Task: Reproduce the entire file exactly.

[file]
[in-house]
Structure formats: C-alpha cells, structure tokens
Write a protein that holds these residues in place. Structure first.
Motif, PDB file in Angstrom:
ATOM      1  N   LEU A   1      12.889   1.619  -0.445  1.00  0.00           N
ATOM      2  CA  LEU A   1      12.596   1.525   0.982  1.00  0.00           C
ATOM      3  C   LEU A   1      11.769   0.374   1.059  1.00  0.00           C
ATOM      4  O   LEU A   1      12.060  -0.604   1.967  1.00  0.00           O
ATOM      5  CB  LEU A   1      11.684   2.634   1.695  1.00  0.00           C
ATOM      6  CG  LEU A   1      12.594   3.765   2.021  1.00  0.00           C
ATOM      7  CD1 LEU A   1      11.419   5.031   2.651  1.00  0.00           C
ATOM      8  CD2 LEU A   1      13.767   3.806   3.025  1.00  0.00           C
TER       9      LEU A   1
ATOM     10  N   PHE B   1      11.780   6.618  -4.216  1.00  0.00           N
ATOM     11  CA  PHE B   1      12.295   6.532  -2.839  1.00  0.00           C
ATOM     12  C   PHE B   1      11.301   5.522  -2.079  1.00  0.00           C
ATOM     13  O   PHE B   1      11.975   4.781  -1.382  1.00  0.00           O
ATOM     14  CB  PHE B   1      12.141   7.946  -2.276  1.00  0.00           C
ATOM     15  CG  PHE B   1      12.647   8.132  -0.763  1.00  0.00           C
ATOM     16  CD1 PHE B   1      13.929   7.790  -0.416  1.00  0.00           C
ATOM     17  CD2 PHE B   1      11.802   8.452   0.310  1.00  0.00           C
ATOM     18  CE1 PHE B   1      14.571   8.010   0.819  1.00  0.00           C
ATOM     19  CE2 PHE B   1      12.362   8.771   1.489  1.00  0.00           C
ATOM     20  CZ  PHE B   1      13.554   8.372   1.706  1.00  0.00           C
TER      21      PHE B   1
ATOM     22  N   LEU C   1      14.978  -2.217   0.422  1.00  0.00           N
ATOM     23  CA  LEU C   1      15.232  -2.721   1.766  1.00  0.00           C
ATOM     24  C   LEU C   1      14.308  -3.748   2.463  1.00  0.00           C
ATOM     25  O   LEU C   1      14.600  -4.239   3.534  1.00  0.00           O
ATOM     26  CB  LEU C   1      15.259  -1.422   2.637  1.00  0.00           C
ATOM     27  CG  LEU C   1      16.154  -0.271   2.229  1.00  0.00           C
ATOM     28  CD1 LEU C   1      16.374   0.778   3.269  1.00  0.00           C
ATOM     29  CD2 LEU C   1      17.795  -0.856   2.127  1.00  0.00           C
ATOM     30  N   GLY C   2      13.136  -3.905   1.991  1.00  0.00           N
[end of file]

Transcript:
[in-house]
Structure formats: C-alpha cells, structure tokens
Write a protein that holds these residues in place. Structure first.
Motif, PDB file in Angstrom:
ATOM      1  N   LEU A   1      12.889   1.619  -0.445  1.00  0.00           N
ATOM      2  CA  LEU A   1      12.596   1.525   0.982  1.00  0.00           C
ATOM      3  C   LEU A   1      11.769   0.374   1.059  1.00  0.00           C
ATOM      4  O   LEU A   1      12.060  -0.604   1.967  1.00  0.00           O
ATOM      5  CB  LEU A   1      11.684   2.634   1.695  1.00  0.00           C
ATOM      6  CG  LEU A   1      12.594   3.765   2.021  1.00  0.00           C
ATOM      7  CD1 LEU A   1      11.419   5.031   2.651  1.00  0.00           C
ATOM      8  CD2 LEU A   1      13.767   3.806   3.025  1.00  0.00           C
TER       9      LEU A   1
ATOM     10  N   PHE B   1      11.780   6.618  -4.216  1.00  0.00           N
ATOM     11  CA  PHE B   1      12.295   6.532  -2.839  1.00  0.00           C
ATOM     12  C   PHE B   1      11.301   5.522  -2.079  1.00  0.00           C
ATOM     13  O   PHE B   1      11.975   4.781  -1.382  1.00  0.00           O
ATOM     14  CB  PHE B   1      12.141   7.946  -2.276  1.00  0.00           C
ATOM     15  CG  PHE B   1      12.647   8.132  -0.763  1.00  0.00           C
ATOM     16  CD1 PHE B   1      13.929   7.790  -0.416  1.00  0.00           C
ATOM     17  CD2 PHE B   1      11.802   8.452   0.310  1.00  0.00           C
ATOM     18  CE1 PHE B   1      14.571   8.010   0.819  1.00  0.00           C
ATOM     19  CE2 PHE B   1      12.362   8.771   1.489  1.00  0.00           C
ATOM     20  CZ  PHE B   1      13.554   8.372   1.706  1.00  0.00           C
TER      21      PHE B   1
ATOM     22  N   LEU C   1      14.978  -2.217   0.422  1.00  0.00           N
ATOM     23  CA  LEU C   1      15.232  -2.721   1.766  1.00  0.00           C
ATOM     24  C   LEU C   1      14.308  -3.748   2.463  1.00  0.00           C
ATOM     25  O   LEU C   1      14.600  -4.239   3.534  1.00  0.00           O
ATOM     26  CB  LEU C   1      15.259  -1.422   2.637  1.00  0.00           C
ATOM     27  CG  LEU C   1      16.154  -0.271   2.229  1.00  0.00           C
ATOM     28  CD1 LEU C   1      16.374   0.778   3.269  1.00  0.00           C
ATOM     29  CD2 LEU C   1      17.795  -0.856   2.127  1.00  0.00           C
ATOM     30  N   GLY C   2      13.136  -3.905   1.991  1.00  0.00           N